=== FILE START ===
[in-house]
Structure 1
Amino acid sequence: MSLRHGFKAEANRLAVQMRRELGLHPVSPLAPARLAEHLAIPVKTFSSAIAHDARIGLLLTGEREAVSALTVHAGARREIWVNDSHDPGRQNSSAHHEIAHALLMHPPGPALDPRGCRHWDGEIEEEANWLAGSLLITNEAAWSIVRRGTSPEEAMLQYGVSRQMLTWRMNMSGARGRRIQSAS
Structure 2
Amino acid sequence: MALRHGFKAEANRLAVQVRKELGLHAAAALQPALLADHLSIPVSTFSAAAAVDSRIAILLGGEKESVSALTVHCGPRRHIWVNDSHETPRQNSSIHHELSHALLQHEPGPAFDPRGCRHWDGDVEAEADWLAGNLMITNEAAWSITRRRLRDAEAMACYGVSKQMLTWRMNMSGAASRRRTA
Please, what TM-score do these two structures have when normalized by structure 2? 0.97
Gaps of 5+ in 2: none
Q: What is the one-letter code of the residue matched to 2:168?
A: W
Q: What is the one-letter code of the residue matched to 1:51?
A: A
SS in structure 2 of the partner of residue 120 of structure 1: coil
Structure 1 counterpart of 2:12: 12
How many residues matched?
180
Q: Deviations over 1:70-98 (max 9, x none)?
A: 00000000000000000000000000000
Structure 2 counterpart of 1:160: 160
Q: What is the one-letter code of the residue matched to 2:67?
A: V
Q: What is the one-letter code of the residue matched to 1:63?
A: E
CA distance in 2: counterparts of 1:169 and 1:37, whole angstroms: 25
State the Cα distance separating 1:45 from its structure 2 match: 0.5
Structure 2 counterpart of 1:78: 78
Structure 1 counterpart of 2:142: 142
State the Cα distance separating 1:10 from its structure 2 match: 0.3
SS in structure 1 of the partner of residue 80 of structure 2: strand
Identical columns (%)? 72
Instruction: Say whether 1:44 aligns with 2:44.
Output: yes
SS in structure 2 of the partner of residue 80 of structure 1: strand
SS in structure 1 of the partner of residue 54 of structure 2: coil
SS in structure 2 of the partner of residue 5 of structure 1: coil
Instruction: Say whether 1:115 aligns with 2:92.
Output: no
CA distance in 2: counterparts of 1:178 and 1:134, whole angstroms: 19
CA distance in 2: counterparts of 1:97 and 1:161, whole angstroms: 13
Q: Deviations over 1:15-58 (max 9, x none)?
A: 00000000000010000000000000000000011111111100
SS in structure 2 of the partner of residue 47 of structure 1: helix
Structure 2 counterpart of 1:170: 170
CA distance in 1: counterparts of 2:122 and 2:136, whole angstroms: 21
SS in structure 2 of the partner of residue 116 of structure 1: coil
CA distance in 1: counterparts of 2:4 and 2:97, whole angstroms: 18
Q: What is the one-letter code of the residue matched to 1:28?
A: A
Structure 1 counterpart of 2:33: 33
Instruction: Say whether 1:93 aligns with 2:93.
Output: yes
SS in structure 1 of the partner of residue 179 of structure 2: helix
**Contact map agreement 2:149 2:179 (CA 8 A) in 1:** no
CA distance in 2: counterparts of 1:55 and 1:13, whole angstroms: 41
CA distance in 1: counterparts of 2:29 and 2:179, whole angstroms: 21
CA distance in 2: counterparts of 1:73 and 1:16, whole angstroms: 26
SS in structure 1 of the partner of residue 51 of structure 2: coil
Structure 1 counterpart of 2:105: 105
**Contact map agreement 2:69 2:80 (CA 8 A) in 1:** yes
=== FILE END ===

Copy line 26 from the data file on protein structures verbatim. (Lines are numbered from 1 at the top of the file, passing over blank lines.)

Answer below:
Structure 1 counterpart of 2:142: 142